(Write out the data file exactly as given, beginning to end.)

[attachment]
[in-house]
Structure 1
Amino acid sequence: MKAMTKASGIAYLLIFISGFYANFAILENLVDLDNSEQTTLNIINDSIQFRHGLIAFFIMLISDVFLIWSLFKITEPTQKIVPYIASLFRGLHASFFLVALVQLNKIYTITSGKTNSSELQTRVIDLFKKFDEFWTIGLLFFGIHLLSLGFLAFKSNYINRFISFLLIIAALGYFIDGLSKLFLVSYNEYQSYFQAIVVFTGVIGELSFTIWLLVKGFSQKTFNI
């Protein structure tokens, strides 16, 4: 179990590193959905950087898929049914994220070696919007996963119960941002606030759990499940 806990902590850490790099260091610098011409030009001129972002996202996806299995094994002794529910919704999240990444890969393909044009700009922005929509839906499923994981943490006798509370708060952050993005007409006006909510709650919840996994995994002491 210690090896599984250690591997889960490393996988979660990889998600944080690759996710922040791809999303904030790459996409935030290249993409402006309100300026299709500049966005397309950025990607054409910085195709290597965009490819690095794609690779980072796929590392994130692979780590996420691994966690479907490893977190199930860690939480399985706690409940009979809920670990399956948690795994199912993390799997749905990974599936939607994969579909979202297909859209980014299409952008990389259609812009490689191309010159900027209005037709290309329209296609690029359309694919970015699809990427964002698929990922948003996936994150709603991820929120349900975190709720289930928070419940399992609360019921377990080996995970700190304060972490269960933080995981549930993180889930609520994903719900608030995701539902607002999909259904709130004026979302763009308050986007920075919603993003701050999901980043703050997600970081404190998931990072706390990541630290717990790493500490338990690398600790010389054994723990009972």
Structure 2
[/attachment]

[in-house]
Structure 1
Amino acid sequence: MKAMTKASGIAYLLIFISGFYANFAILENLVDLDNSEQTTLNIINDSIQFRHGLIAFFIMLISDVFLIWSLFKITEPTQKIVPYIASLFRGLHASFFLVALVQLNKIYTITSGKTNSSELQTRVIDLFKKFDEFWTIGLLFFGIHLLSLGFLAFKSNYINRFISFLLIIAALGYFIDGLSKLFLVSYNEYQSYFQAIVVFTGVIGELSFTIWLLVKGFSQKTFNI
């Protein structure tokens, strides 16, 4: 179990590193959905950087898929049914994220070696919007996963119960941002606030759990499940 806990902590850490790099260091610098011409030009001129972002996202996806299995094994002794529910919704999240990444890969393909044009700009922005929509839906499923994981943490006798509370708060952050993005007409006006909510709650919840996994995994002491 210690090896599984250690591997889960490393996988979660990889998600944080690759996710922040791809999303904030790459996409935030290249993409402006309100300026299709500049966005397309950025990607054409910085195709290597965009490819690095794609690779980072796929590392994130692979780590996420691994966690479907490893977190199930860690939480399985706690409940009979809920670990399956948690795994199912993390799997749905990974599936939607994969579909979202297909859209980014299409952008990389259609812009490689191309010159900027209005037709290309329209296609690029359309694919970015699809990427964002698929990922948003996936994150709603991820929120349900975190709720289930928070419940399992609360019921377990080996995970700190304060972490269960933080995981549930993180889930609520994903719900608030995701539902607002999909259904709130004026979302763009308050986007920075919603993003701050999901980043703050997600970081404190998931990072706390990541630290717990790493500490338990690398600790010389054994723990009972």
Structure 2